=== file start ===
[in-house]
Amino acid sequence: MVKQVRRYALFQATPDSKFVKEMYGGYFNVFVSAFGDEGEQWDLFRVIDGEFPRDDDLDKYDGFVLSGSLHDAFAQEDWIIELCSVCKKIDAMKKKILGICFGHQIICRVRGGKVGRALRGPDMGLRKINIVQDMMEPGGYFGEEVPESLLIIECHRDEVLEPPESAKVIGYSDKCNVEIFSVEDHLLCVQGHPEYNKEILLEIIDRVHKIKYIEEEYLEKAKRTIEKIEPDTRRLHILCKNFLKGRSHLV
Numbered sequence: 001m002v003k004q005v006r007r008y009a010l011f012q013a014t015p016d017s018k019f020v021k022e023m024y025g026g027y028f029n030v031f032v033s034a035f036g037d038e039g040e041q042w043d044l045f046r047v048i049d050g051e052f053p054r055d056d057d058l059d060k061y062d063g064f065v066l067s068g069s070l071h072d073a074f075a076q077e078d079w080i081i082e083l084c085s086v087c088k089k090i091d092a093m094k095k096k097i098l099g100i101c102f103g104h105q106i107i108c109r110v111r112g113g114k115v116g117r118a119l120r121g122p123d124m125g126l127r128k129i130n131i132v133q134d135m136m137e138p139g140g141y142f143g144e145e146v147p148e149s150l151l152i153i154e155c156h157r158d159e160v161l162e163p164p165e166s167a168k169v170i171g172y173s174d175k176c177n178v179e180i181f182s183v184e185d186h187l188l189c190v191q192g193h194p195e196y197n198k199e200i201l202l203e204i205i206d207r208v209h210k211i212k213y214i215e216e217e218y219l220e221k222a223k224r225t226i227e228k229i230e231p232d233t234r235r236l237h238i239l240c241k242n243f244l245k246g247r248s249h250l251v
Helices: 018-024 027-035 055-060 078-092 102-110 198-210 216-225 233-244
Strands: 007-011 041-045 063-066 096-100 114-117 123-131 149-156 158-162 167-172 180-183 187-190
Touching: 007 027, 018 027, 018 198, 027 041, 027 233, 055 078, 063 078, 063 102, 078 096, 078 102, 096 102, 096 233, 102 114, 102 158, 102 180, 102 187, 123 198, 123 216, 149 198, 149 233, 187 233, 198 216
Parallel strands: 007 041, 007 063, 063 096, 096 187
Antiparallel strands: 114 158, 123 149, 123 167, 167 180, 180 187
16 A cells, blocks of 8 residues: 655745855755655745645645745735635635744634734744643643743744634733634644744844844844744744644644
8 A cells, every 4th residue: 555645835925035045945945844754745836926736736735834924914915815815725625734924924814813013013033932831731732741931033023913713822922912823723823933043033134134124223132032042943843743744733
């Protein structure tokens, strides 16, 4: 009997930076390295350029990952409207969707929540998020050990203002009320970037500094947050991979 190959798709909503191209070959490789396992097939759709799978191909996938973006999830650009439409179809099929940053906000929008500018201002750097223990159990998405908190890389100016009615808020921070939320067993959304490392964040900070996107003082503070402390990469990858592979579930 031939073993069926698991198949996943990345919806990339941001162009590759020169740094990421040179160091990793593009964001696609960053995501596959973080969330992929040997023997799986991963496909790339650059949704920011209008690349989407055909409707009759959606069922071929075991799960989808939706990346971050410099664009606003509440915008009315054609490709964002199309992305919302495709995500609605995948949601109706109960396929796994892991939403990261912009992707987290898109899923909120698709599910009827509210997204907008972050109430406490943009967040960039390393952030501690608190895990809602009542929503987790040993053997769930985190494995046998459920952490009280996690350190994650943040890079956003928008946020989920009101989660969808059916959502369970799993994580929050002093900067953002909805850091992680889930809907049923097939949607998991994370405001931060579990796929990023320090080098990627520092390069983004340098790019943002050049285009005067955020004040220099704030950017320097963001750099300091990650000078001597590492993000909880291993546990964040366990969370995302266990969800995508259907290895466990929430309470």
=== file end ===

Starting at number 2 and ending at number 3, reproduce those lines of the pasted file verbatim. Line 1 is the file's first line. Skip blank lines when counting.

Amino acid sequence: MVKQVRRYALFQATPDSKFVKEMYGGYFNVFVSAFGDEGEQWDLFRVIDGEFPRDDDLDKYDGFVLSGSLHDAFAQEDWIIELCSVCKKIDAMKKKILGICFGHQIICRVRGGKVGRALRGPDMGLRKINIVQDMMEPGGYFGEEVPESLLIIECHRDEVLEPPESAKVIGYSDKCNVEIFSVEDHLLCVQGHPEYNKEILLEIIDRVHKIKYIEEEYLEKAKRTIEKIEPDTRRLHILCKNFLKGRSHLV
Numbered sequence: 001m002v003k004q005v006r007r008y009a010l011f012q013a014t015p016d017s018k019f020v021k022e023m024y025g026g027y028f029n030v031f032v033s034a035f036g037d038e039g040e041q042w043d044l045f046r047v048i049d050g051e052f053p054r055d056d057d058l059d060k061y062d063g064f065v066l067s068g069s070l071h072d073a074f075a076q077e078d079w080i081i082e083l084c085s086v087c088k089k090i091d092a093m094k095k096k097i098l099g100i101c102f103g104h105q106i107i108c109r110v111r112g113g114k115v116g117r118a119l120r121g122p123d124m125g126l127r128k129i130n131i132v133q134d135m136m137e138p139g140g141y142f143g144e145e146v147p148e149s150l151l152i153i154e155c156h157r158d159e160v161l162e163p164p165e166s167a168k169v170i171g172y173s174d175k176c177n178v179e180i181f182s183v184e185d186h187l188l189c190v191q192g193h194p195e196y197n198k199e200i201l202l203e204i205i206d207r208v209h210k211i212k213y214i215e216e217e218y219l220e221k222a223k224r225t226i227e228k229i230e231p232d233t234r235r236l237h238i239l240c241k242n243f244l245k246g247r248s249h250l251v